Facebook, the behemoth social media corporation that had its initial public offering (IPO) in May, is the target of several class-action lawsuits spanning multiple alleged violations. First, it is alleged that Facebook and its underwriters misled shareholders about projected revenue by only giving select investors detailed, up-to-date information about possible revenue shortfalls before the IPO. Second, Facebook is the target of multiple class action lawsuits claiming that the company illegally tracked Web users, including after people had left their website. Facebook’s IPO occurred on May 18, 2012, and was underwritten by Morgan Stanley and other Wall Street banks.
Facebook is the target of multiple class action lawsuits claiming that the company illegally tracked Web users.
First, it is alleged that the company knew of information that reduced its earning potential (and thus, the value of the company) but did not fully disclose this information to the general public before the IPO. Facebook amended its S.E.C. (U.S. Securities and Exchange Commission) filing a week before the IPO to say that its earning potential might be hurt by increasing mobile users, but many allege that this was not specific enough. Furthermore, it has been reported that certain underwriters leaked more detailed information to about two dozen select investors, un-leveling the playing field by putting non-institutional investors (regular people) at a severe information disadvantage. Facebook is now trading below $28 per share, significantly less than the IPO price of $38 per share.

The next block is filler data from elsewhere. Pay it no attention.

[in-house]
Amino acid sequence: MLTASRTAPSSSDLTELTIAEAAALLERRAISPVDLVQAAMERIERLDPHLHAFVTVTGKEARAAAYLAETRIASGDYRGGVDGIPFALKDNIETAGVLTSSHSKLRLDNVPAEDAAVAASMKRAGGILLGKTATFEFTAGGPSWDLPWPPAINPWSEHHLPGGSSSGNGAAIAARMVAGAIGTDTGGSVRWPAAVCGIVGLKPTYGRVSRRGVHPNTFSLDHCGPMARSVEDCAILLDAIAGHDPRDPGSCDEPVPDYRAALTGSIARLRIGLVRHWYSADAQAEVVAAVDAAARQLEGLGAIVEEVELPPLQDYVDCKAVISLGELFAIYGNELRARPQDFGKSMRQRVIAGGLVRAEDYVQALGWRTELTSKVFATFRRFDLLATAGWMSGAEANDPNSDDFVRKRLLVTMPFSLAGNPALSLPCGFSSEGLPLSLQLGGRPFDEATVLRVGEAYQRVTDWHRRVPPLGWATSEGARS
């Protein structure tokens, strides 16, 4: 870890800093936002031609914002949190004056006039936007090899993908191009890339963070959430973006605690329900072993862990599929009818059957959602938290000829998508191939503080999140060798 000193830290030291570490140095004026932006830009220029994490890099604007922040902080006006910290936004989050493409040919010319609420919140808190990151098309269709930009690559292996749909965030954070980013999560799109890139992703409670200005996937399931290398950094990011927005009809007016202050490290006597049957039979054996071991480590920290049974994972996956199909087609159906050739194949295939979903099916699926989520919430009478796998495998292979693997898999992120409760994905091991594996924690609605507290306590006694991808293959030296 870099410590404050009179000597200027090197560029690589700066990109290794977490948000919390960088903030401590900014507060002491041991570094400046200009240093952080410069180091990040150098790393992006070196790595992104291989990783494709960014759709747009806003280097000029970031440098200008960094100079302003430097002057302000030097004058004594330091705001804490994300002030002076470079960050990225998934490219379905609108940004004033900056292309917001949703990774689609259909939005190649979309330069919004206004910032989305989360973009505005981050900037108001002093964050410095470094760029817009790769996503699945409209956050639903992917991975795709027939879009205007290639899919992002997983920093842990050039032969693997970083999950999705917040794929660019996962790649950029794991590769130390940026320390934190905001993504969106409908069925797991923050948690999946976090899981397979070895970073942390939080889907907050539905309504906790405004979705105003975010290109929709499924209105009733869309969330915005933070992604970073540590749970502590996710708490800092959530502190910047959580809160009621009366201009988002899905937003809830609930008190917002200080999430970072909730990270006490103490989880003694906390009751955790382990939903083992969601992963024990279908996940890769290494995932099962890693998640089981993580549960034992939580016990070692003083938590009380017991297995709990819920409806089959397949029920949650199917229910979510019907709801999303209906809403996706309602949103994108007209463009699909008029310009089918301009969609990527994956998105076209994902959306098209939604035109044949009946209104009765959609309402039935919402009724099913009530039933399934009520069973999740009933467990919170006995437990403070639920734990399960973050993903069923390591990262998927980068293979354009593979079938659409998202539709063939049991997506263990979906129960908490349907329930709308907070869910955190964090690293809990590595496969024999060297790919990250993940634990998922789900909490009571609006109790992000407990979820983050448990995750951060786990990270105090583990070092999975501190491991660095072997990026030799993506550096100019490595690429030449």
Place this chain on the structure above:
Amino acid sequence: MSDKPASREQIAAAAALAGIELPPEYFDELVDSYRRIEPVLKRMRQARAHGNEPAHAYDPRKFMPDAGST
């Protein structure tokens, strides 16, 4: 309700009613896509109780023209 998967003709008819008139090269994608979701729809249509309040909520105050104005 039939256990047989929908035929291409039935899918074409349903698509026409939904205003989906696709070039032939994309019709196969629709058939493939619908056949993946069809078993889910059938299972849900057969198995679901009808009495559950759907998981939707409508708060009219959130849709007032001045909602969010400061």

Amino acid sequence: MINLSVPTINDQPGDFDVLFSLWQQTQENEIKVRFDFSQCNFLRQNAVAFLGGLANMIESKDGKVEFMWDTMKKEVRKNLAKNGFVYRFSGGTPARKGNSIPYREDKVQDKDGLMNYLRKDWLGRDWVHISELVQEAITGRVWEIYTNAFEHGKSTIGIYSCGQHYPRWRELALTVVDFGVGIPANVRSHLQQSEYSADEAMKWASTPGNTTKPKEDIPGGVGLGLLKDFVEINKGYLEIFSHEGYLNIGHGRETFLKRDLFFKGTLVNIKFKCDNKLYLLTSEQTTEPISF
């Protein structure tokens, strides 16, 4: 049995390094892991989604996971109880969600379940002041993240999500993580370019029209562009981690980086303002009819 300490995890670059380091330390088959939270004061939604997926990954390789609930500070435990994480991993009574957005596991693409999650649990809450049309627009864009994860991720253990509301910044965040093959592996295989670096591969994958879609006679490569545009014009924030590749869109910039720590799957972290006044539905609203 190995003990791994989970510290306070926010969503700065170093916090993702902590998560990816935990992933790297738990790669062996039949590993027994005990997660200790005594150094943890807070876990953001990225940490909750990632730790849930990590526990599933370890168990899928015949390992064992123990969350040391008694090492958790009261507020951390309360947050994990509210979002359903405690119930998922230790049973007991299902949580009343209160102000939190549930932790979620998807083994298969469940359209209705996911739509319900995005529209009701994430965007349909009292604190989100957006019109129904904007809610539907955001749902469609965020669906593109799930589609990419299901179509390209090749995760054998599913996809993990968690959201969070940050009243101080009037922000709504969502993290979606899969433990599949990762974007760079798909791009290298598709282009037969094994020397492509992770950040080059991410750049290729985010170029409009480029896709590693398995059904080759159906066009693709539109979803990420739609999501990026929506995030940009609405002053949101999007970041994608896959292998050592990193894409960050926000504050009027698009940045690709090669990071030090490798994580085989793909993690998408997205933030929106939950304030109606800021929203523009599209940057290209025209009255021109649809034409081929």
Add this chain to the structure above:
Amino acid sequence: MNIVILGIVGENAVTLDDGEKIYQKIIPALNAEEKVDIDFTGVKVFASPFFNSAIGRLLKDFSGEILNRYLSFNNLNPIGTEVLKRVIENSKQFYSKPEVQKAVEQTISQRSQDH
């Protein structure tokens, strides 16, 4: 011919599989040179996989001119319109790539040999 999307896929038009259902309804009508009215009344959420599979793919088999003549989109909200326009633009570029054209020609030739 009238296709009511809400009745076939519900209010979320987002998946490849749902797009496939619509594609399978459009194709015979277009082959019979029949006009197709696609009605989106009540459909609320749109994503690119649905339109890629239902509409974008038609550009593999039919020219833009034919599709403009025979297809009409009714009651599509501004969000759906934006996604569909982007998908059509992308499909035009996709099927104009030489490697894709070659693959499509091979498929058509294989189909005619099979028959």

Second, a consolidated class-action lawsuit has been filed claiming that Facebook violated the privacy of users by tracking their Internet activity, even after they had left the site. These activities are alleged to violate the Federal Wiretap Act, which provides statutory damages of $100 per day per violation per user. Although the damages are capped at $10,000 per user, even only one violation per user would cost Facebook a staggering $15 billion. According to ZDNet, this is not the first time Facebook has been accused of tracking users to third-party websites, but the corporation has maintained each time that these instances are bugs and has claimed that they have fixed each problem.